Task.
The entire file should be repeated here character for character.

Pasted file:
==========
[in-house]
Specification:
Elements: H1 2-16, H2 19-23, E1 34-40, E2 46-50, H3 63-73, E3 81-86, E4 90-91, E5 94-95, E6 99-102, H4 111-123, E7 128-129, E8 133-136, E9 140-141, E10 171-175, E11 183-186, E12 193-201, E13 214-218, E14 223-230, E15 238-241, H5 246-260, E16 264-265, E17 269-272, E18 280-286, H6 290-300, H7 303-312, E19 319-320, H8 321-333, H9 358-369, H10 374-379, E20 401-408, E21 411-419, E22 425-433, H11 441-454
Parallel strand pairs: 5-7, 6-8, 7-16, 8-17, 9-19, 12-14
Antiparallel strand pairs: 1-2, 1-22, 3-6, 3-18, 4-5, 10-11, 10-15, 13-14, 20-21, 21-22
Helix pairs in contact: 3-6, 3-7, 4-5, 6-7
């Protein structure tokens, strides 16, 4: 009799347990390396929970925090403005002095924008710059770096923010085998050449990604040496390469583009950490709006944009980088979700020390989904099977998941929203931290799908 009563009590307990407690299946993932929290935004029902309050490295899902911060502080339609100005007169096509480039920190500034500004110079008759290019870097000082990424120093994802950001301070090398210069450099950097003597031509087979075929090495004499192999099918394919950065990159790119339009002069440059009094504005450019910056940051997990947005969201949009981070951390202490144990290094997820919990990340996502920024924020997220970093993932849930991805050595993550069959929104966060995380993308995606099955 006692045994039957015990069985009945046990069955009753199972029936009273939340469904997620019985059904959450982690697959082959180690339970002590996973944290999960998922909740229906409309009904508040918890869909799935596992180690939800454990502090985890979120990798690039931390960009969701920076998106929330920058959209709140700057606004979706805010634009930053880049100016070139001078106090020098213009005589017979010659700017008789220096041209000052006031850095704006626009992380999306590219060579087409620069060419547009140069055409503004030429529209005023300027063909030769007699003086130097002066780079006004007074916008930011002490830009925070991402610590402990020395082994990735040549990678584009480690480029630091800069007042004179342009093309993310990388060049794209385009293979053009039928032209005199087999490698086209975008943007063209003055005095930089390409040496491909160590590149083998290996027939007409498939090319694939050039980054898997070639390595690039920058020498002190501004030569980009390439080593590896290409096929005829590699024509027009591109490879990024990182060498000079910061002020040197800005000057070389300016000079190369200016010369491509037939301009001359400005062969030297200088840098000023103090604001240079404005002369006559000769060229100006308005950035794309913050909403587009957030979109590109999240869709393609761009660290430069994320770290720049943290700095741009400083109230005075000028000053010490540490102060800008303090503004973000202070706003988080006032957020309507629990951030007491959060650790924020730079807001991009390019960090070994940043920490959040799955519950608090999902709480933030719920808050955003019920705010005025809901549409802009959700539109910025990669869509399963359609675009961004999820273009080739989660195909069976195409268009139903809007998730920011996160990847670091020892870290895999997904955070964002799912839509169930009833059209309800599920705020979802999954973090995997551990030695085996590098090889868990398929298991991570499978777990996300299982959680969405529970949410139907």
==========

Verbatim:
[in-house]
Specification:
Elements: H1 2-16, H2 19-23, E1 34-40, E2 46-50, H3 63-73, E3 81-86, E4 90-91, E5 94-95, E6 99-102, H4 111-123, E7 128-129, E8 133-136, E9 140-141, E10 171-175, E11 183-186, E12 193-201, E13 214-218, E14 223-230, E15 238-241, H5 246-260, E16 264-265, E17 269-272, E18 280-286, H6 290-300, H7 303-312, E19 319-320, H8 321-333, H9 358-369, H10 374-379, E20 401-408, E21 411-419, E22 425-433, H11 441-454
Parallel strand pairs: 5-7, 6-8, 7-16, 8-17, 9-19, 12-14
Antiparallel strand pairs: 1-2, 1-22, 3-6, 3-18, 4-5, 10-11, 10-15, 13-14, 20-21, 21-22
Helix pairs in contact: 3-6, 3-7, 4-5, 6-7
């Protein structure tokens, strides 16, 4: 009799347990390396929970925090403005002095924008710059770096923010085998050449990604040496390469583009950490709006944009980088979700020390989904099977998941929203931290799908 009563009590307990407690299946993932929290935004029902309050490295899902911060502080339609100005007169096509480039920190500034500004110079008759290019870097000082990424120093994802950001301070090398210069450099950097003597031509087979075929090495004499192999099918394919950065990159790119339009002069440059009094504005450019910056940051997990947005969201949009981070951390202490144990290094997820919990990340996502920024924020997220970093993932849930991805050595993550069959929104966060995380993308995606099955 006692045994039957015990069985009945046990069955009753199972029936009273939340469904997620019985059904959450982690697959082959180690339970002590996973944290999960998922909740229906409309009904508040918890869909799935596992180690939800454990502090985890979120990798690039931390960009969701920076998106929330920058959209709140700057606004979706805010634009930053880049100016070139001078106090020098213009005589017979010659700017008789220096041209000052006031850095704006626009992380999306590219060579087409620069060419547009140069055409503004030429529209005023300027063909030769007699003086130097002066780079006004007074916008930011002490830009925070991402610590402990020395082994990735040549990678584009480690480029630091800069007042004179342009093309993310990388060049794209385009293979053009039928032209005199087999490698086209975008943007063209003055005095930089390409040496491909160590590149083998290996027939007409498939090319694939050039980054898997070639390595690039920058020498002190501004030569980009390439080593590896290409096929005829590699024509027009591109490879990024990182060498000079910061002020040197800005000057070389300016000079190369200016010369491509037939301009001359400005062969030297200088840098000023103090604001240079404005002369006559000769060229100006308005950035794309913050909403587009957030979109590109999240869709393609761009660290430069994320770290720049943290700095741009400083109230005075000028000053010490540490102060800008303090503004973000202070706003988080006032957020309507629990951030007491959060650790924020730079807001991009390019960090070994940043920490959040799955519950608090999902709480933030719920808050955003019920705010005025809901549409802009959700539109910025990669869509399963359609675009961004999820273009080739989660195909069976195409268009139903809007998730920011996160990847670091020892870290895999997904955070964002799912839509169930009833059209309800599920705020979802999954973090995997551990030695085996590098090889868990398929298991991570499978777990996300299982959680969405529970949410139907």